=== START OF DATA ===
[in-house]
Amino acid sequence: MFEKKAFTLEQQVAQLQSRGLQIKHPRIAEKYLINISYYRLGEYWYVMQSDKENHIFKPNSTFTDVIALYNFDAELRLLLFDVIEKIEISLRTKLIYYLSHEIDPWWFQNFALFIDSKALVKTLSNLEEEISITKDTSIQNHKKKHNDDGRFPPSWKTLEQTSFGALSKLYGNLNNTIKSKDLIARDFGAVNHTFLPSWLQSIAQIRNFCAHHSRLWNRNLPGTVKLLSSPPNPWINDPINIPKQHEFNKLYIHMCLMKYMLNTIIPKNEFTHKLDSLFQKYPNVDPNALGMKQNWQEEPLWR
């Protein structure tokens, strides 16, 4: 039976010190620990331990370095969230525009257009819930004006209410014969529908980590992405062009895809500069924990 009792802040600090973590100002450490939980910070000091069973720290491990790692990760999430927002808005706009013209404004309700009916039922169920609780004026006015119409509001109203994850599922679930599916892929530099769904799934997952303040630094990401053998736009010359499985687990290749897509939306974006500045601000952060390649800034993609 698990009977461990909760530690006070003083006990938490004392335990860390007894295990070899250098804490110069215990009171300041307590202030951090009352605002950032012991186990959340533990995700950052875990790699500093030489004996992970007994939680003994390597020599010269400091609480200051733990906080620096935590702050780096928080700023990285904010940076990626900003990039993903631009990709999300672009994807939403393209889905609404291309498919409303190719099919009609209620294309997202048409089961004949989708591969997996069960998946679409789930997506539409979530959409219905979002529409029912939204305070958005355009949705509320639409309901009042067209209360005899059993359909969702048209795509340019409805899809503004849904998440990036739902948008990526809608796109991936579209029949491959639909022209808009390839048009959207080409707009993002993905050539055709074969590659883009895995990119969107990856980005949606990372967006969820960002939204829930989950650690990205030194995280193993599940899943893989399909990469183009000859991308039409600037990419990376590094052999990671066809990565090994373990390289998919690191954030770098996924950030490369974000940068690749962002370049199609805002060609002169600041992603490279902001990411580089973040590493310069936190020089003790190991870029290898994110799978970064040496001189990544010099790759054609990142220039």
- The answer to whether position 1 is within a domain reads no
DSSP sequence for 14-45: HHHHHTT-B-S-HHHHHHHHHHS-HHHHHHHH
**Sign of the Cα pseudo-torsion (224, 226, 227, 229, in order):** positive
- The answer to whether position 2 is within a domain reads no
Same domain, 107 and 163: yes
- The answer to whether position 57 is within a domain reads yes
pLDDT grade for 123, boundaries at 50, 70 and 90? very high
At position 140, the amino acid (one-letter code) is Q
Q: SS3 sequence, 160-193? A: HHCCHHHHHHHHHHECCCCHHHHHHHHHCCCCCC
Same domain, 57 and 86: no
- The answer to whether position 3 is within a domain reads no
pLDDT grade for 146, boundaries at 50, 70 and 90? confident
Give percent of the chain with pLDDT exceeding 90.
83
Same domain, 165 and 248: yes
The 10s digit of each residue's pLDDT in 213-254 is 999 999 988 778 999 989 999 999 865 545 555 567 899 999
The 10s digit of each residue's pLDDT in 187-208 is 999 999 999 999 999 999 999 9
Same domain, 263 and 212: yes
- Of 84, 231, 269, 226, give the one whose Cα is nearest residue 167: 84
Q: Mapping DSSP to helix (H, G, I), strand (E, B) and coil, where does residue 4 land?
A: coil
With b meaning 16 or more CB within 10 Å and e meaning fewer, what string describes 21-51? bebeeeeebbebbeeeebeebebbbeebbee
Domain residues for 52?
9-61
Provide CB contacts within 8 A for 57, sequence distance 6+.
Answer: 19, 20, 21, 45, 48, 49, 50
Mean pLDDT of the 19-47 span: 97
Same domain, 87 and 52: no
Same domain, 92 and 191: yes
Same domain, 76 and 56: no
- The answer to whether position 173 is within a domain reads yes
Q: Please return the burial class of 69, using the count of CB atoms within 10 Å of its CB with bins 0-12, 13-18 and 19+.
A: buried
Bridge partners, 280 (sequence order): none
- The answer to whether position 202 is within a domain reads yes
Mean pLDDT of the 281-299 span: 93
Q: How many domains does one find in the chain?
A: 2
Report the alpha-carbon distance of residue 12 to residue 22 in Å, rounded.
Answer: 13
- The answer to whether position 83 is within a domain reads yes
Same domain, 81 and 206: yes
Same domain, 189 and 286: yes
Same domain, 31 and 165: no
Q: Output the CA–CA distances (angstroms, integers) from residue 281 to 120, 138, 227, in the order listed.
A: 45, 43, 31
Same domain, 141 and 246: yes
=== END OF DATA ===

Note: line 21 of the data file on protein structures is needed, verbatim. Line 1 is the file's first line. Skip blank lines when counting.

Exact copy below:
Same domain, 263 and 212: yes